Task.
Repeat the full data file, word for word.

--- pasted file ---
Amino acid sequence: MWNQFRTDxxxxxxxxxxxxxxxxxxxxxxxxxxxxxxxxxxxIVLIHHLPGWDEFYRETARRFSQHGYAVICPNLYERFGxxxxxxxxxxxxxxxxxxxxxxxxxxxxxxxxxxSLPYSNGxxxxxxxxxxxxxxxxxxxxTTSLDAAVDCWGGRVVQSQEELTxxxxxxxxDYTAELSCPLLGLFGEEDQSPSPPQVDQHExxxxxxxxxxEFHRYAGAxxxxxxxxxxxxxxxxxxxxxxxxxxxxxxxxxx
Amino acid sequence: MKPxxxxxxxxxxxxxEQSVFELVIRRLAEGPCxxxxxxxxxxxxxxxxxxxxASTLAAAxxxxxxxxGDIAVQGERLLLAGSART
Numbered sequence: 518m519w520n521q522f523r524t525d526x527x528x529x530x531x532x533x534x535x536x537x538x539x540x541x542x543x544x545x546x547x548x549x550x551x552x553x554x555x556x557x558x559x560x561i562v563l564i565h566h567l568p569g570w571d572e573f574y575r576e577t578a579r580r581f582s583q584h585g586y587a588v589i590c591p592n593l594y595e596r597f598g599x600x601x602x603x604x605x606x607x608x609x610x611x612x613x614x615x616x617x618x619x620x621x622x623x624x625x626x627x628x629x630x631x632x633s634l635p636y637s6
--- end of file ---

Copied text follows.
Amino acid sequence: MWNQFRTDxxxxxxxxxxxxxxxxxxxxxxxxxxxxxxxxxxxIVLIHHLPGWDEFYRETARRFSQHGYAVICPNLYERFGxxxxxxxxxxxxxxxxxxxxxxxxxxxxxxxxxxSLPYSNGxxxxxxxxxxxxxxxxxxxxTTSLDAAVDCWGGRVVQSQEELTxxxxxxxxDYTAELSCPLLGLFGEEDQSPSPPQVDQHExxxxxxxxxxEFHRYAGAxxxxxxxxxxxxxxxxxxxxxxxxxxxxxxxxxx
Amino acid sequence: MKPxxxxxxxxxxxxxEQSVFELVIRRLAEGPCxxxxxxxxxxxxxxxxxxxxASTLAAAxxxxxxxxGDIAVQGERLLLAGSART
Numbered sequence: 518m519w520n521q522f523r524t525d526x527x528x529x530x531x532x533x534x535x536x537x538x539x540x541x542x543x544x545x546x547x548x549x550x551x552x553x554x555x556x557x558x559x560x561i562v563l564i565h566h567l568p569g570w571d572e573f574y575r576e577t578a579r580r581f582s583q584h585g586y587a588v589i590c591p592n593l594y595e596r597f598g599x600x601x602x603x604x605x606x607x608x609x610x611x612x613x614x615x616x617x618x619x620x621x622x623x624x625x626x627x628x629x630x631x632x633s634l635p636y637s6